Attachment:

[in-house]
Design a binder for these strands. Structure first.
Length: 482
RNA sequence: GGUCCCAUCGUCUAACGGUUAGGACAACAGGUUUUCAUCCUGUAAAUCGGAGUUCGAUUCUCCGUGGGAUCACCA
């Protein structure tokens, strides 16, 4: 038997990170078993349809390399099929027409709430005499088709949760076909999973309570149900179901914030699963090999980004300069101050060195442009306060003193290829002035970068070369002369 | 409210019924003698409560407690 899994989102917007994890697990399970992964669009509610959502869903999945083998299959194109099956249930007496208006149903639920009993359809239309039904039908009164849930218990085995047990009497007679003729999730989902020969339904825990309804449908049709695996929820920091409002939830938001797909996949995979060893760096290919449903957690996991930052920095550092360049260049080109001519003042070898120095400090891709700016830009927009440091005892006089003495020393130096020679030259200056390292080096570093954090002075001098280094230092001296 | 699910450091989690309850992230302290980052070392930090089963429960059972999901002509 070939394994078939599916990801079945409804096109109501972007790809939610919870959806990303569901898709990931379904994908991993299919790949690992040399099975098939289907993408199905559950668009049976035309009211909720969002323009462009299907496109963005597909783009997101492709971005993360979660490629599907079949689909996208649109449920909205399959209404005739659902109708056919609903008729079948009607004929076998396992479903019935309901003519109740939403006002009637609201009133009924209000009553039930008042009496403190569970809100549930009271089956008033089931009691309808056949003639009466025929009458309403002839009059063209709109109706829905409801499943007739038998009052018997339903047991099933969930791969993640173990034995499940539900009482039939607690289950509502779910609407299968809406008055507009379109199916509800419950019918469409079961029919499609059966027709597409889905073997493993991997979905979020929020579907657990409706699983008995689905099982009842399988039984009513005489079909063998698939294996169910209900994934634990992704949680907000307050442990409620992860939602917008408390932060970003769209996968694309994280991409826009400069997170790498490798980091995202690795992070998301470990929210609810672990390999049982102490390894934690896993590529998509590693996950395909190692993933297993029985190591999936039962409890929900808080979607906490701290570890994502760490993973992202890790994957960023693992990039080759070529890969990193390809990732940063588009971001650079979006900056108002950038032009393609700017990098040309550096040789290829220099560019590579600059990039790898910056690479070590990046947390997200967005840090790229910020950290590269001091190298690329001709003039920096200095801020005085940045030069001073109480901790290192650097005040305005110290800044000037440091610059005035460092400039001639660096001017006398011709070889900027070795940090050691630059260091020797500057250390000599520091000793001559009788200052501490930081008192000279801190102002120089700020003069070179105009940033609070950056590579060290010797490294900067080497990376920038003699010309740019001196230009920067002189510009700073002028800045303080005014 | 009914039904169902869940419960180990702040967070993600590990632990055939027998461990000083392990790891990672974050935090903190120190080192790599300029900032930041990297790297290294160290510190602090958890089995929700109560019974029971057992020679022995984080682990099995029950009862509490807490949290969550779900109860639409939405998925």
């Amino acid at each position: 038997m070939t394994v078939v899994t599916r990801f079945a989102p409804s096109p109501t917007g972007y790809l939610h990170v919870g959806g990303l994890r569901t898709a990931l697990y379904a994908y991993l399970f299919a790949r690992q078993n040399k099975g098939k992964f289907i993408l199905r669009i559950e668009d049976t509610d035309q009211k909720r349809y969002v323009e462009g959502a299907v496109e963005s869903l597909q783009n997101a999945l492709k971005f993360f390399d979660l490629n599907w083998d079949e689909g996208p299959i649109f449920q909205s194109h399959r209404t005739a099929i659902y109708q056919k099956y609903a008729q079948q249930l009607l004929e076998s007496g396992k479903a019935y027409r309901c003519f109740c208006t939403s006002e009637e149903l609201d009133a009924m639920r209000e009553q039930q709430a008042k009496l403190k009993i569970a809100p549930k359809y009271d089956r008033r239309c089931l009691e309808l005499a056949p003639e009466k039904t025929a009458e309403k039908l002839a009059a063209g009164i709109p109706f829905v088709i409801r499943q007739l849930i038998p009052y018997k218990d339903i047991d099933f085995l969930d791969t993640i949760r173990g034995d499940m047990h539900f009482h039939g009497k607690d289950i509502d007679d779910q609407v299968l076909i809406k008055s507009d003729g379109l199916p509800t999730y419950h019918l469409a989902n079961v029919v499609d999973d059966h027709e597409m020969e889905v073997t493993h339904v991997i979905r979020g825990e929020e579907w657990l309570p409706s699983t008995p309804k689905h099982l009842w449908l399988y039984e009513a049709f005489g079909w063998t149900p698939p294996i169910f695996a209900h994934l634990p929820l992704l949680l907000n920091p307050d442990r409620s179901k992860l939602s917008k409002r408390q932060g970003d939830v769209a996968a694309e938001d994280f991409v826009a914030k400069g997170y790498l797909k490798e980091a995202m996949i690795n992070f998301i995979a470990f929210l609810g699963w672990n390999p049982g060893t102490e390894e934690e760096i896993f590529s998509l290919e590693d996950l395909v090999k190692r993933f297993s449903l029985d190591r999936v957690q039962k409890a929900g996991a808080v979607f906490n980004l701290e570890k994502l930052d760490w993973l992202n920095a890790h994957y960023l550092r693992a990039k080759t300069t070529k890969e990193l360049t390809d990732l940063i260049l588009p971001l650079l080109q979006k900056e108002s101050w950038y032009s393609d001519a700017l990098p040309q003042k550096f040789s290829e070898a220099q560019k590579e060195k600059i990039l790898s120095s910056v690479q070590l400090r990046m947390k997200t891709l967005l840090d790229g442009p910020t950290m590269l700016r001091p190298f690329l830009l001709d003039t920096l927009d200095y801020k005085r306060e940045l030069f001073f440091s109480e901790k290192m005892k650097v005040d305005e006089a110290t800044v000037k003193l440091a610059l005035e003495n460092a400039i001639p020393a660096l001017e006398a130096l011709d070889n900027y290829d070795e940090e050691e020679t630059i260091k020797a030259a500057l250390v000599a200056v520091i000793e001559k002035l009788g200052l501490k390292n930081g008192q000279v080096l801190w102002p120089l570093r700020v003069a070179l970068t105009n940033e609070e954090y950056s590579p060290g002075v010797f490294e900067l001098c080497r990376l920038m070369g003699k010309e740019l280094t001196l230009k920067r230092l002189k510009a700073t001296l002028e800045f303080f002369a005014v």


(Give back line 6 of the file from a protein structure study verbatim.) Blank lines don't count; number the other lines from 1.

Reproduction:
């Amino acid at each position: 038997m070939t394994v078939v899994t599916r990801f079945a989102p409804s096109p109501t917007g972007y790809l939610h990170v919870g959806g990303l994890r569901t898709a990931l697990y379904a994908y991993l399970f299919a790949r690992q078993n040399k099975g098939k992964f289907i993408l199905r669009i559950e668009d049976t509610d035309q009211k909720r349809y969002v323009e462009g959502a299907v496109e963005s869903l597909q783009n997101a999945l492709k971005f993360f390399d979660l490629n599907w083998d079949e689909g996208p299959i649109f449920q909205s194109h399959r209404t005739a099929i659902y109708q056919k099956y609903a008729q079948q249930l009607l004929e076998s007496g396992k479903a019935y027409r309901c003519f109740c208006t939403s006002e009637e149903l609201d009133a009924m639920r209000e009553q039930q709430a008042k009496l403190k009993i569970a809100p549930k359809y009271d089956r008033r239309c089931l009691e309808l005499a056949p003639e009466k039904t025929a009458e309403k039908l002839a009059a063209g009164i709109p109706f829905v088709i409801r499943q007739l849930i038998p009052y018997k218990d339903i047991d099933f085995l969930d791969t993640i949760r173990g034995d499940m047990h539900f009482h039939g009497k607690d289950i509502d007679d779910q609407v299968l076909i809406k008055s507009d003729g379109l199916p509800t999730y419950h019918l469409a989902n079961v029919v499609d999973d059966h027709e597409m020969e889905v073997t493993h339904v991997i979905r979020g825990e929020e579907w657990l309570p409706s699983t008995p309804k689905h099982l009842w449908l399988y039984e009513a049709f005489g079909w063998t149900p698939p294996i169910f695996a209900h994934l634990p929820l992704l949680l907000n920091p307050d442990r409620s179901k992860l939602s917008k409002r408390q932060g970003d939830v769209a996968a694309e938001d994280f991409v826009a914030k400069g997170y790498l797909k490798e980091a995202m996949i690795n992070f998301i995979a470990f929210l609810g699963w672990n390999p049982g060893t102490e390894e934690e760096i896993f590529s998509l290919e590693d996950l395909v090999k190692r993933f297993s449903l029985d190591r999936v957690q039962k409890a929900g996991a808080v979607f906490n980004l701290e570890k994502l930052d760490w993973l992202n920095a890790h994957y960023l550092r693992a990039k080759t300069t070529k890969e990193l360049t390809d990732l940063i260049l588009p971001l650079l080109q979006k900056e108002s101050w950038y032009s393609d001519a700017l990098p040309q003042k550096f040789s290829e070898a220099q560019k590579e060195k600059i990039l790898s120095s910056v690479q070590l400090r990046m947390k997200t891709l967005l840090d790229g442009p910020t950290m590269l700016r001091p190298f690329l830009l001709d003039t920096l927009d200095y801020k005085r306060e940045l030069f001073f440091s109480e901790k290192m005892k650097v005040d305005e006089a110290t800044v000037k003193l440091a610059l005035e003495n460092a400039i001639p020393a660096l001017e006398a130096l011709d070889n900027y290829d070795e940090e050691e020679t630059i260091k020797a030259a500057l250390v000599a200056v520091i000793e001559k002035l009788g200052l501490k390292n930081g008192q000279v080096l801190w102002p120089l570093r700020v003069a070179l970068t105009n940033e609070e954090y950056s590579p060290g002075v010797f490294e900067l001098c080497r990376l920038m070369g003699k010309e740019l280094t001196l230009k920067r230092l002189k510009a700073t001296l002028e800045f303080f002369a005014v």